[tl;dr: There are some interesting research avenues concerning the biological effects of negative ions. These suggest a role in reducing serotonin levels in humans. Ionising air particles also causes aggregation and precipitation of suspended particulate matter along with whatever pathogens happen to be hitching a ride on those particles. However, NO RESEARCH has gone into the effects of small point sources of ions such as those in bands and bracelets and it is unclear whether these actually do anything at all…]
The EQ Bandz website that I mentioned in a previous post details a number of claims concerning their product. When you google the terminology they use, it seems that these phrases are repeated verbatim across the internet, so it’s worth taking a closer look at them. I think chunks of the text are copied from this WebMD article.
Background on Negative Ions
Ions in the air are charged gas particles. Positive ions are called “cations” (“cat” ions are “pussy-tive” is the way I still remember that) and negative ions are called “anions”. The air is made up of 78% nitrogen, 21% oxygen, then bits of helium, carbon dioxide, and trace amounts of a bunch of other gases. Molecules of these gases are “charged” or “ionised” when large amounts of energy are present. This energy breaks the bonds between the ions which make up the molecules and rather than having a single molecule with no charge, there are multiple charged particles, or “ions”. There are many natural processes (lightning, for example) that can generate such energy. Background levels tend to be around 1,000 negative ions per cubic centimetre (“cc”) and 1,200 positive ions per cc. Here is a table of some measured air ion concentrations:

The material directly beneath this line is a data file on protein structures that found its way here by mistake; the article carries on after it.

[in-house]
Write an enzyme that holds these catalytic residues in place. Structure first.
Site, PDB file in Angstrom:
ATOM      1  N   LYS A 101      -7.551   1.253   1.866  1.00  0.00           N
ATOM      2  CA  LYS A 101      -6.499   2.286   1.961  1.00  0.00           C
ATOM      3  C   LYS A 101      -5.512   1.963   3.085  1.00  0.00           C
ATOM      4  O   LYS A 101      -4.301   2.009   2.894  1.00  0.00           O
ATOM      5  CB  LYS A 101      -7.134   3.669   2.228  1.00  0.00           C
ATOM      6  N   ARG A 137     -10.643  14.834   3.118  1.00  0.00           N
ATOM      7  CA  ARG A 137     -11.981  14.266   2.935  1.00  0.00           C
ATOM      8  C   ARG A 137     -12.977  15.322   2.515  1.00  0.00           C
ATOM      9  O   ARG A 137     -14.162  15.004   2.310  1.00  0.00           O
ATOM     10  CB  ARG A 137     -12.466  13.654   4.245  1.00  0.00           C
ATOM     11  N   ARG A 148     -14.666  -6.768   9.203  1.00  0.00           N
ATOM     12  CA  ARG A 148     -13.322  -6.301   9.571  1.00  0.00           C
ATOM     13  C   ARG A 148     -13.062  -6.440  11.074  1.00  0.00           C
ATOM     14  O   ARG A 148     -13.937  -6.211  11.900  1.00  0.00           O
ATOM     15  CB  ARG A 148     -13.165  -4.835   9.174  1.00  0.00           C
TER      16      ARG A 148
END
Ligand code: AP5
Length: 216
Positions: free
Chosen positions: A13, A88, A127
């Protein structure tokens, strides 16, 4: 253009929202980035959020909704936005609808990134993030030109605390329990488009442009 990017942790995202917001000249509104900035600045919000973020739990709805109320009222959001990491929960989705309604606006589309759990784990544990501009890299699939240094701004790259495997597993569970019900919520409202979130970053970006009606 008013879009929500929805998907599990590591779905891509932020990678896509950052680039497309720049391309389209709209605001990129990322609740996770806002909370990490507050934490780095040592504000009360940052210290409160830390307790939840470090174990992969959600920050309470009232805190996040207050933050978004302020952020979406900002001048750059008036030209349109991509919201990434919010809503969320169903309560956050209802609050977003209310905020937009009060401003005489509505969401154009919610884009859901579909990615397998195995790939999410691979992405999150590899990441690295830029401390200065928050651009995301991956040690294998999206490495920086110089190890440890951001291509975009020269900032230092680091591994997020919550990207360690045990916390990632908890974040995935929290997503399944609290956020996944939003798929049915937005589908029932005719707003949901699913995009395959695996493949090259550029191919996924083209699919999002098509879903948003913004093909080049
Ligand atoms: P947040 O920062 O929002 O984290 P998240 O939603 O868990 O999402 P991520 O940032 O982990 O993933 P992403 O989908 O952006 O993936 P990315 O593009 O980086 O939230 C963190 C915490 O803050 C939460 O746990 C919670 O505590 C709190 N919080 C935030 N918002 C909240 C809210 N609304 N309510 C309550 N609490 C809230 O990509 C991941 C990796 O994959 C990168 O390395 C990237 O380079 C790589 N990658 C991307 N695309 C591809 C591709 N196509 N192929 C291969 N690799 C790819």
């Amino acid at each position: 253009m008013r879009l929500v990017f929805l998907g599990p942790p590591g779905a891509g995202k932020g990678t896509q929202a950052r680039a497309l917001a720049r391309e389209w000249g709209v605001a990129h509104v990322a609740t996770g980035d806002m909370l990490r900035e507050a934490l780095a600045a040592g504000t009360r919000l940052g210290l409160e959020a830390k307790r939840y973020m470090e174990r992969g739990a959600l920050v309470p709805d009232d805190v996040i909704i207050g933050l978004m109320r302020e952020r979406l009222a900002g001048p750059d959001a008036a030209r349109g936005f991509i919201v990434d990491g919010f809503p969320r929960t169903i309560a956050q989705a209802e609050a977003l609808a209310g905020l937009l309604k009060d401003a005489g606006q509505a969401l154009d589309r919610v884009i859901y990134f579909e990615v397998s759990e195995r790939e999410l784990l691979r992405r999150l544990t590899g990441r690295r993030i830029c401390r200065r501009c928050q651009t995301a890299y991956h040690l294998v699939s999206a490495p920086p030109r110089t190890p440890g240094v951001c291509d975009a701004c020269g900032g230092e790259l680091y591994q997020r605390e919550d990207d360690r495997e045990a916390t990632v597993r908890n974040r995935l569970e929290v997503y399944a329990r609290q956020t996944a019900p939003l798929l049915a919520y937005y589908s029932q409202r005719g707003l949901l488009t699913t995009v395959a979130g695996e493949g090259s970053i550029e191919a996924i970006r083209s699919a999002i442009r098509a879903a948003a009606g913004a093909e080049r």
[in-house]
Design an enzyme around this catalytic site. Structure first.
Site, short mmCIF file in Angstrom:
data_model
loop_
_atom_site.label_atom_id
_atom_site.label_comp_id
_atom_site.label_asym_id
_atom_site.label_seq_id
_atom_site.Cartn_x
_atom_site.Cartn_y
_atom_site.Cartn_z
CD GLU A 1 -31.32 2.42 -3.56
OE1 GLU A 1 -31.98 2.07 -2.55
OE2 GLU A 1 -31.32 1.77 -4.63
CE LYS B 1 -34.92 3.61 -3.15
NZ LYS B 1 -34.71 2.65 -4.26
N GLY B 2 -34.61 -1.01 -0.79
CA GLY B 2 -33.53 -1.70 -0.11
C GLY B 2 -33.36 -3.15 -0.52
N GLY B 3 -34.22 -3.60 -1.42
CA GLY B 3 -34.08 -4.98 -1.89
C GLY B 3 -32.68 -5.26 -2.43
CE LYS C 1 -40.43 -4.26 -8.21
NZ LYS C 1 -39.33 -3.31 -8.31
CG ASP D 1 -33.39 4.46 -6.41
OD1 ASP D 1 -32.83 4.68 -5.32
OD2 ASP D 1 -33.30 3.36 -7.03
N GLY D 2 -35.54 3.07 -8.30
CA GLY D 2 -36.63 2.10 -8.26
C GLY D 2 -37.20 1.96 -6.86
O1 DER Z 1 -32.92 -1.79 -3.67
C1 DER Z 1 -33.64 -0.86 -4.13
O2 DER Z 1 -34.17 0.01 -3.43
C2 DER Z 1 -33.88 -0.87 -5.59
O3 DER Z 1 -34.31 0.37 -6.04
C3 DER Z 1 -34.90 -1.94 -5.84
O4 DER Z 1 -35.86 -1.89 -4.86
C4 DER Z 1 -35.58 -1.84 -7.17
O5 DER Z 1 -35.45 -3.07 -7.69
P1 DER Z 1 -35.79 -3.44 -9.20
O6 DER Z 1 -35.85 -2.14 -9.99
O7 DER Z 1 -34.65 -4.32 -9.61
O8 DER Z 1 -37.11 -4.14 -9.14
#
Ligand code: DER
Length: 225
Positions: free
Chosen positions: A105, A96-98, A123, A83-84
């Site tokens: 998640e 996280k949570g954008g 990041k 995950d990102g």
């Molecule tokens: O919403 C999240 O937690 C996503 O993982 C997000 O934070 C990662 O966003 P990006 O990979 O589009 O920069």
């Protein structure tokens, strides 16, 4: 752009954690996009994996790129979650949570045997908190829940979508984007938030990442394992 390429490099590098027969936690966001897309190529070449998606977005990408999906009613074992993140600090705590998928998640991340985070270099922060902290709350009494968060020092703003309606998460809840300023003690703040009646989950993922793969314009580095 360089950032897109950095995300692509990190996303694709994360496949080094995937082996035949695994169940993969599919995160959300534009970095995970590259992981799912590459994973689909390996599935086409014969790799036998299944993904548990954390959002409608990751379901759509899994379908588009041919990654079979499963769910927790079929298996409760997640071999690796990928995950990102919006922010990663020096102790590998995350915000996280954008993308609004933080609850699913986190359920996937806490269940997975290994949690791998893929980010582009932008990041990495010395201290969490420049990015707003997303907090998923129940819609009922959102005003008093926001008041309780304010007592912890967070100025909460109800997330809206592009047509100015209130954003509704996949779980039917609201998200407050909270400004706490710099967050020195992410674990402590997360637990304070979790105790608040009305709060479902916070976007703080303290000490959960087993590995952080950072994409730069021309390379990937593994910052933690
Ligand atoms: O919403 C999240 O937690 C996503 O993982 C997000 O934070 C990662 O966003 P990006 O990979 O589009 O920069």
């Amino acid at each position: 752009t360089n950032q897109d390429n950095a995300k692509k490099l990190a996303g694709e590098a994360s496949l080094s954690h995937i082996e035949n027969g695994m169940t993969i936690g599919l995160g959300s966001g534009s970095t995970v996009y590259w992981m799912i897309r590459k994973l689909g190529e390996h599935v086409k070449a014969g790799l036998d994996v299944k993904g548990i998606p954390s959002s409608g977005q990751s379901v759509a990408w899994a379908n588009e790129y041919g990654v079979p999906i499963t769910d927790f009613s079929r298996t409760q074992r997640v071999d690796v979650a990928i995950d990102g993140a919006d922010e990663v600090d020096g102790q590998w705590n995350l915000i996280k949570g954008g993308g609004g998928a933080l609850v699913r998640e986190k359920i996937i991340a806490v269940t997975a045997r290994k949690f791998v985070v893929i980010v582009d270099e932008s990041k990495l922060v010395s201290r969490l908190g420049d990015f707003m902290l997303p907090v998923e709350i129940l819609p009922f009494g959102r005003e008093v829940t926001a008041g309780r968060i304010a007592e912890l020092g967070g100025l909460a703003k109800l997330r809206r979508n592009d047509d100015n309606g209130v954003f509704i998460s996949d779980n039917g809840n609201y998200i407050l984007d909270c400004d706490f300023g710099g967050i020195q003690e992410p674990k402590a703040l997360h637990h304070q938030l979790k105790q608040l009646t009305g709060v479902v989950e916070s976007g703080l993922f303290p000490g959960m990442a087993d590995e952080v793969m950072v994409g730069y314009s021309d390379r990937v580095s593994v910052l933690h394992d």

Which particular ions are forming the bulk of the ions in the air is unclear, and the levels of these ions vary with air pollution, time of day, season and weather. Following their discovery in 1900, a lot of research went into the biological effects of negative ions in the first half of the 20th Century and, just like today, many grandiose claims were made about their benefits. It was these unsubstantiated claims that led to the Food and Drug Administration in the USA banning the sale of ionizers for medical purposes in the mid-1950s.
Research almost completely halted at this point, but experienced a resurgence at the hands of two scientists: Albert Krueger working on animals, and Felix Sulman working on human hormone levels. Krueger worked on a number of different topics, demonstrating that negative ions influenced plant growth and animal hormone levels, as well as pathogen abundance (e.g. Krueger and Reed, 1976). Inspired by Krueger, Sulman carried out a number of studies on the effects of meteorological phenomena (desert winds) on hormone levels in Israel. The idea was that certain winds cause variations in ion concentrations. He found that treatment with negative ions reduced the incidence of serotonin-related ailments (Sulman et al., 1974a,b).
Equilibrium Bands Claims